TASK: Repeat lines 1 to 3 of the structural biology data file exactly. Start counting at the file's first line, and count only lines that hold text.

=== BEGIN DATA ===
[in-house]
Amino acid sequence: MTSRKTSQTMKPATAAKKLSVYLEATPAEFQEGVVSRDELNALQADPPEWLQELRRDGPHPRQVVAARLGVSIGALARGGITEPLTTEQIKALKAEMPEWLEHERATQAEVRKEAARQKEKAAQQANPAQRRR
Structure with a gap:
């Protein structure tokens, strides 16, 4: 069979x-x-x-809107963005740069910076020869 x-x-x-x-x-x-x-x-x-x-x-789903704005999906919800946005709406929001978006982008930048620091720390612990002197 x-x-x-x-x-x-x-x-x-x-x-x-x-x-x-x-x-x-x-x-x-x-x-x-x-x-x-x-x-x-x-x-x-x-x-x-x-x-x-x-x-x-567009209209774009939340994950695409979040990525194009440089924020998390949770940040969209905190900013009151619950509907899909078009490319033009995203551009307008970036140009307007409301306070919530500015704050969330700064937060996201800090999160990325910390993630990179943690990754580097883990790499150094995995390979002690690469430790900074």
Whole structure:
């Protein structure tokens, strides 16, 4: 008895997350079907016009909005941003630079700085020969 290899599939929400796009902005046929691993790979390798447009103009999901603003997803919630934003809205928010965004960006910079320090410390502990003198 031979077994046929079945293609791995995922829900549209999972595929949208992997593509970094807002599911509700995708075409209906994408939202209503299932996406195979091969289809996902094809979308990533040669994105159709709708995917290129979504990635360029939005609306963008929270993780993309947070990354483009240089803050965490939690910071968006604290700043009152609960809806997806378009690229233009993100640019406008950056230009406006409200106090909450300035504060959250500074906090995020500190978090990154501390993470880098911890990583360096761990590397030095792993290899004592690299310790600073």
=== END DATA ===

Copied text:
[in-house]
Amino acid sequence: MTSRKTSQTMKPATAAKKLSVYLEATPAEFQEGVVSRDELNALQADPPEWLQELRRDGPHPRQVVAARLGVSIGALARGGITEPLTTEQIKALKAEMPEWLEHERATQAEVRKEAARQKEKAAQQANPAQRRR
Structure with a gap: